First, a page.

Leaders that adopt a coaching approach instead of a telling approach tend to get better engagement scores from their staff. A coaching approach means that you help your staff member develop their understanding by not solving the issues directly but ‘coaching’ them through the process. It tends to take a few minutes longer in every exchange but ultimately leads to greater engagement and leverage.

Consider the following exchange:
Staff – “I have an issue, what should we do here?”.
Leader – “In these cases we should do X”.
Staff – “Ok thanks”.

Very limited learning and development. Certainly there are situations where you can’t take the time to explain your thinking but in most businesses they are rare.

This is what we help leaders move to:
Staff – “I have an issue, what should we do here?”
Leader – “OK what are you thinking we should do?”
Leader – “Why that option?”
Leader – “What other solutions did you consider?”
Leader – “Why did you dismiss those options?”

If they have chosen the right or appropriate solution:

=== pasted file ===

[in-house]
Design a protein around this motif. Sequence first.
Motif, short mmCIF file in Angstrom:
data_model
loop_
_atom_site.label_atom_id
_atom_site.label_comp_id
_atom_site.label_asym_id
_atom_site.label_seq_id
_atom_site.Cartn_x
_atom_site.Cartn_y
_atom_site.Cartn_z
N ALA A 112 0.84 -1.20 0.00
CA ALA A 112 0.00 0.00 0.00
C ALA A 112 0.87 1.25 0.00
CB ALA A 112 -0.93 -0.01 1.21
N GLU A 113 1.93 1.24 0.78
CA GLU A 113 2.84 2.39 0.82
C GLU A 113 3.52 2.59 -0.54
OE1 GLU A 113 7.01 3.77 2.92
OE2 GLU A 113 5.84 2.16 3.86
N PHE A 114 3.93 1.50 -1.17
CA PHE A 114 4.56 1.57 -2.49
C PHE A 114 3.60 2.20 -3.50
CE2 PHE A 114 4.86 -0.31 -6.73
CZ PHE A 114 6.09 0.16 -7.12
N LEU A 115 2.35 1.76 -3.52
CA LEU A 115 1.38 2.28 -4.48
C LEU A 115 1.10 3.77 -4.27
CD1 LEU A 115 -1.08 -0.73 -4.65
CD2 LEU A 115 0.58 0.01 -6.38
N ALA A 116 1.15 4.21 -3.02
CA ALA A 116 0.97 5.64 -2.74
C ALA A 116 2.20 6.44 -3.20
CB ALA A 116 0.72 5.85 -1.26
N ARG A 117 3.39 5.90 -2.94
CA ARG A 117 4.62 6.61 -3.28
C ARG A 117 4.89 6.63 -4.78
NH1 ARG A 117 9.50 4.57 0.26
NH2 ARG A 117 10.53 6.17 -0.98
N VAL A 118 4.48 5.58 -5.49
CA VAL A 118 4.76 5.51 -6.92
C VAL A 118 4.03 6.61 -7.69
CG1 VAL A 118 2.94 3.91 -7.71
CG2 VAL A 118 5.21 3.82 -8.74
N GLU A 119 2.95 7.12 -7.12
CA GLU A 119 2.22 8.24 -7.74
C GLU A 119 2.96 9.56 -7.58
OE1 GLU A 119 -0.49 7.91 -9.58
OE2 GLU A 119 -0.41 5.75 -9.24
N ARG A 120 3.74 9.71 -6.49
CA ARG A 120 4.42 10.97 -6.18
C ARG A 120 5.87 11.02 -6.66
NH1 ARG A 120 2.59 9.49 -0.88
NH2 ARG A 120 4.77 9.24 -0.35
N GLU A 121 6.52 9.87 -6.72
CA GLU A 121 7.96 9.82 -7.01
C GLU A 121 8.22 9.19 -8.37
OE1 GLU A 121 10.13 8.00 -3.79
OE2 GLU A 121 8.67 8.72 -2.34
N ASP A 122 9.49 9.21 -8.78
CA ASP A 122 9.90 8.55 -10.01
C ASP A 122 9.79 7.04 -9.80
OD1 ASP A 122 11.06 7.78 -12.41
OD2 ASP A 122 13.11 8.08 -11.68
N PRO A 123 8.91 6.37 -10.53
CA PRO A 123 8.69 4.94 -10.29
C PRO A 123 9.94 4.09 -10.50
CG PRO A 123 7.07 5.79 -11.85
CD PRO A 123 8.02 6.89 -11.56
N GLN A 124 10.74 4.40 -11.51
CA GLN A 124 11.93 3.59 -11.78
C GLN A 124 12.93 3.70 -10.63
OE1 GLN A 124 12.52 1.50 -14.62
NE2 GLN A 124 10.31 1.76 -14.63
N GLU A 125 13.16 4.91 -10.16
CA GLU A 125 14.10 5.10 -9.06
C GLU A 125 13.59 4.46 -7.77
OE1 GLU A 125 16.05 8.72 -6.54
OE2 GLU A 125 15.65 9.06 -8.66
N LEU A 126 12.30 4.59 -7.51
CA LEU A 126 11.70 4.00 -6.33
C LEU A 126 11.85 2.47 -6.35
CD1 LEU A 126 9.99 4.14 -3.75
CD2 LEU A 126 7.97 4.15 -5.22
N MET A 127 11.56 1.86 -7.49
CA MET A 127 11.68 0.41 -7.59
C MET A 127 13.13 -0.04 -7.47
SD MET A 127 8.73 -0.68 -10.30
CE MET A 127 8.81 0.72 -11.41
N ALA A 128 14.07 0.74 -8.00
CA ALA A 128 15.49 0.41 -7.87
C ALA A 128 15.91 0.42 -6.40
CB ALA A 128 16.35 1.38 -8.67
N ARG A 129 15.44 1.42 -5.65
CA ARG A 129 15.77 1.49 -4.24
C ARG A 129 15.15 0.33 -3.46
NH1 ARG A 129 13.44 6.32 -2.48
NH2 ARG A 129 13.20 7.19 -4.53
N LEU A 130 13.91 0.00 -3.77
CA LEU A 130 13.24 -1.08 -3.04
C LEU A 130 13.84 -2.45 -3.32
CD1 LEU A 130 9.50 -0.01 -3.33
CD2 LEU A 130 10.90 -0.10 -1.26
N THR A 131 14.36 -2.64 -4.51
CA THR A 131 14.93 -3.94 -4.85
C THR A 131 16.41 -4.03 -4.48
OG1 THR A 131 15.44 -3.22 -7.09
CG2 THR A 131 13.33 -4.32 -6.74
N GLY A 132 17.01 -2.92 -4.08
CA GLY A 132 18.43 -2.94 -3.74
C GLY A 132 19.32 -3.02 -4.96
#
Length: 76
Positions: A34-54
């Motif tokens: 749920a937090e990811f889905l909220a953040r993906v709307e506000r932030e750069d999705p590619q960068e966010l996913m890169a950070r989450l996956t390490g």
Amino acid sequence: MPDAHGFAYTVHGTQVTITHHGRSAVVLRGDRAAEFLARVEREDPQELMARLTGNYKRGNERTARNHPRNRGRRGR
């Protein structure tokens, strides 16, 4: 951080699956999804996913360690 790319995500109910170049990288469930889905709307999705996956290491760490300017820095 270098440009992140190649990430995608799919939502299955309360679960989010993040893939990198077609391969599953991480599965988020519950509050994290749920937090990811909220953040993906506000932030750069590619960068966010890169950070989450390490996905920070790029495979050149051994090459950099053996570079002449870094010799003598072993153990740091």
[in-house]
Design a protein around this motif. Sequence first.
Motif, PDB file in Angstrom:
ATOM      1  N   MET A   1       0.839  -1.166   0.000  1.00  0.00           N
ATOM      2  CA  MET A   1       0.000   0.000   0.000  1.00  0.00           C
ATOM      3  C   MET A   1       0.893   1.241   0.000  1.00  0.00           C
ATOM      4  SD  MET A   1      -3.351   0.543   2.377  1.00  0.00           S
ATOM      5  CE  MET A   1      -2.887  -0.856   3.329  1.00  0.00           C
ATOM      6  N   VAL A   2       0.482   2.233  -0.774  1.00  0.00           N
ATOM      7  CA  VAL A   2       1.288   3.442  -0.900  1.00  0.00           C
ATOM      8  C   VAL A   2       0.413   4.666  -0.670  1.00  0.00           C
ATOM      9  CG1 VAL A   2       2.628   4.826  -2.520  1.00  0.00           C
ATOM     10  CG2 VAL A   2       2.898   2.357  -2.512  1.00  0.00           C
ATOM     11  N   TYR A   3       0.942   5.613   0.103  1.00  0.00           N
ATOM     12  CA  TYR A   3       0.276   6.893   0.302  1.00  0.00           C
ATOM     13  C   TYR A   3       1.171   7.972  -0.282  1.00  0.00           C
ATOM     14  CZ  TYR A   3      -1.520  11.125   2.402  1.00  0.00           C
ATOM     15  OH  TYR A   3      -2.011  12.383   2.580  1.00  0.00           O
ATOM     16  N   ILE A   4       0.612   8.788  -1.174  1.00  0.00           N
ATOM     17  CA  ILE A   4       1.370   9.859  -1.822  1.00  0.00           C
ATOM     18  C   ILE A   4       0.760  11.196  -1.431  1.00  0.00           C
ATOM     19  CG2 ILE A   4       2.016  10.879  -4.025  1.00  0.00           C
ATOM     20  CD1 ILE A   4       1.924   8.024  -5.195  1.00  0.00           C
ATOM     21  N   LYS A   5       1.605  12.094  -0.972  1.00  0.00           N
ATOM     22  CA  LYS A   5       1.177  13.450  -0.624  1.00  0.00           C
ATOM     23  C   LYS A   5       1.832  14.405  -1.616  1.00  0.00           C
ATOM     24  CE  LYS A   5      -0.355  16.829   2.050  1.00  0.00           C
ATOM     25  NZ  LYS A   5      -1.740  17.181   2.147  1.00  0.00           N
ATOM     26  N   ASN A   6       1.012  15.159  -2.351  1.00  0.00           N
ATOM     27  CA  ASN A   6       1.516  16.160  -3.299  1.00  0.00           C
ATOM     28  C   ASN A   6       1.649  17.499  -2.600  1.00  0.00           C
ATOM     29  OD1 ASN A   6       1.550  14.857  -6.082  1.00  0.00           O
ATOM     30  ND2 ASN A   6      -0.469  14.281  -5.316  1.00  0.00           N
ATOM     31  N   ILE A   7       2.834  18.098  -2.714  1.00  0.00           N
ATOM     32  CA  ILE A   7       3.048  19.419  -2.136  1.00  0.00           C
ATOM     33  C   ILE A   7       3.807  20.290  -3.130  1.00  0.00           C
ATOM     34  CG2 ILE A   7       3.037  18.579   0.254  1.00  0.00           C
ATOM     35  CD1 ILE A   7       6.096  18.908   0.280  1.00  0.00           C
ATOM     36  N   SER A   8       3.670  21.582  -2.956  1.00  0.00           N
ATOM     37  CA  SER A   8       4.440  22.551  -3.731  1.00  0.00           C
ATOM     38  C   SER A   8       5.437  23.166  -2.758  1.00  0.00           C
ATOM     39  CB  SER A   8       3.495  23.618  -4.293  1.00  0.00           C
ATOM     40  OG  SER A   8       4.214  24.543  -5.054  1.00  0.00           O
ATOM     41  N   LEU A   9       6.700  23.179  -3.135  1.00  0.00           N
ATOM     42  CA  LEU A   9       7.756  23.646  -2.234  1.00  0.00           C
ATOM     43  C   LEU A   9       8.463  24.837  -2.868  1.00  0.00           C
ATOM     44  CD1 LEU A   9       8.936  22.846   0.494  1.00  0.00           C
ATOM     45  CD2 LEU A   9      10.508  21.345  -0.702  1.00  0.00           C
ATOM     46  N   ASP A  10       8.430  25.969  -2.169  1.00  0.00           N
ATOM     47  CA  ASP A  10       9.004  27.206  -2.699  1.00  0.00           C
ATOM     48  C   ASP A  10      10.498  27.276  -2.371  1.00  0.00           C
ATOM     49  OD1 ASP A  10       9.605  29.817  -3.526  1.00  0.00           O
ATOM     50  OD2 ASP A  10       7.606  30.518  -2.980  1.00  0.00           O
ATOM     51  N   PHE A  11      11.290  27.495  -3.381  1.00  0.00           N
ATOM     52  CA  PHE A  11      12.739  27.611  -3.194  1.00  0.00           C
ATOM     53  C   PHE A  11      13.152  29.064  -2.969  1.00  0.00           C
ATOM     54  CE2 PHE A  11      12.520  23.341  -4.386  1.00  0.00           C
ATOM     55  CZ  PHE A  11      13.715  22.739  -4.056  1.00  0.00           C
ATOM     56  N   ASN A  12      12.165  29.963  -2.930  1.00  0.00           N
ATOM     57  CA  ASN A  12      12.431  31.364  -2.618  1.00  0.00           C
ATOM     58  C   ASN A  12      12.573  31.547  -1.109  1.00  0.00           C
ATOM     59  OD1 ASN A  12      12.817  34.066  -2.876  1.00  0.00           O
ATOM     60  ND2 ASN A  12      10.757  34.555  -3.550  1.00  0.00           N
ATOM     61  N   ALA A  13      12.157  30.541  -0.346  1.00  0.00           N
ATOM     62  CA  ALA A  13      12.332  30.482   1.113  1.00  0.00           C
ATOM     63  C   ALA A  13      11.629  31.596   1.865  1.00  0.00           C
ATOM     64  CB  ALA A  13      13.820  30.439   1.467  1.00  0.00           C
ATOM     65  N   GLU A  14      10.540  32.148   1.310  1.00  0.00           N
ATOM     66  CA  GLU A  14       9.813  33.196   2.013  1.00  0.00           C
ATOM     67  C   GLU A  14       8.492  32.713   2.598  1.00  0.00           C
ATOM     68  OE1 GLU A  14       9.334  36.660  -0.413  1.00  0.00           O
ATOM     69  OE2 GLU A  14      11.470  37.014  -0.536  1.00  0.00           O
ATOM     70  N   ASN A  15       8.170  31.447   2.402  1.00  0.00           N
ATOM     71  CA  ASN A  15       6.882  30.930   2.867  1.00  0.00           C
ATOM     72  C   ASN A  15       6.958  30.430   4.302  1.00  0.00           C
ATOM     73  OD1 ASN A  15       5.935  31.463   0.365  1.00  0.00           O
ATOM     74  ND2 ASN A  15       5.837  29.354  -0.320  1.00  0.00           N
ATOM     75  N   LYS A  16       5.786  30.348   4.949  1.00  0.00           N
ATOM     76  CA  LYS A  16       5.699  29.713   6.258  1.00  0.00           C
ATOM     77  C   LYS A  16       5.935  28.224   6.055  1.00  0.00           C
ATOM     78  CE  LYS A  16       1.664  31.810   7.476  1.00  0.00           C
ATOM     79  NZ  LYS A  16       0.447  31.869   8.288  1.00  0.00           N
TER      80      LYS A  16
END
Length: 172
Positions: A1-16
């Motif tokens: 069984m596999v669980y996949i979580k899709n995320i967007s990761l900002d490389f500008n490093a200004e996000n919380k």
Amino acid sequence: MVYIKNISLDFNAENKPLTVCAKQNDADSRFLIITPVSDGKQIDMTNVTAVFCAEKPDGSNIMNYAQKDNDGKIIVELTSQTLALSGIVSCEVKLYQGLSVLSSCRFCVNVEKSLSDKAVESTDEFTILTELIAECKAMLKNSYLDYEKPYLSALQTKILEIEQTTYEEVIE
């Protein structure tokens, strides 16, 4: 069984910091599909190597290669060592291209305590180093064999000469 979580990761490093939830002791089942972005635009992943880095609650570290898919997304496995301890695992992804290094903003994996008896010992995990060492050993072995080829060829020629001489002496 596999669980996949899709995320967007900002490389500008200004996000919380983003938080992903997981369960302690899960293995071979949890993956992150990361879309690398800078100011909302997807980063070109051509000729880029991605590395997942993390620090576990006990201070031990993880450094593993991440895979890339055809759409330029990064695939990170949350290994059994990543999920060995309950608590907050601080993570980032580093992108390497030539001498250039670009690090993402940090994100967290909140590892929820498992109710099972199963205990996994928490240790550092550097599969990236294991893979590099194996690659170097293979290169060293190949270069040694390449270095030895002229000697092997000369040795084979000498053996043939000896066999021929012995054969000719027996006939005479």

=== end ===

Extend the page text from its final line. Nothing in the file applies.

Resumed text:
Leader – “Excellent, that is the same reasoning and solution I would have chosen as well”.

You might even want to extend it to:
Leader – “Excellent, that is the same reasoning and solution I would have chosen as well. In future with decisions like this one I am comfortable for you to make them using the same reasoning without my involvement”.

The key is to understand how they got from A to B.  If correct them make sure that they know they have matched your thinking and outcome (be crystal clear).

If they failed to identify the correct path, this is the coaching opportunity  to show them not only the path they should have chosen, but to clearly and with as much detail as possible, explain the ‘whys’ around your decision.
Leader – “In this case the best solution is X and the reasoning (or the missing information) is …..”

The most important element is that you have had a discussion about the source (thinking) instead of just the outcome (decision) and this is where the real leverage and engagement is gained.

Much of our work is with new leaders or experienced leaders in new roles and it is also very beneficial to use the same concept with newly acquired staff to understand their thinking.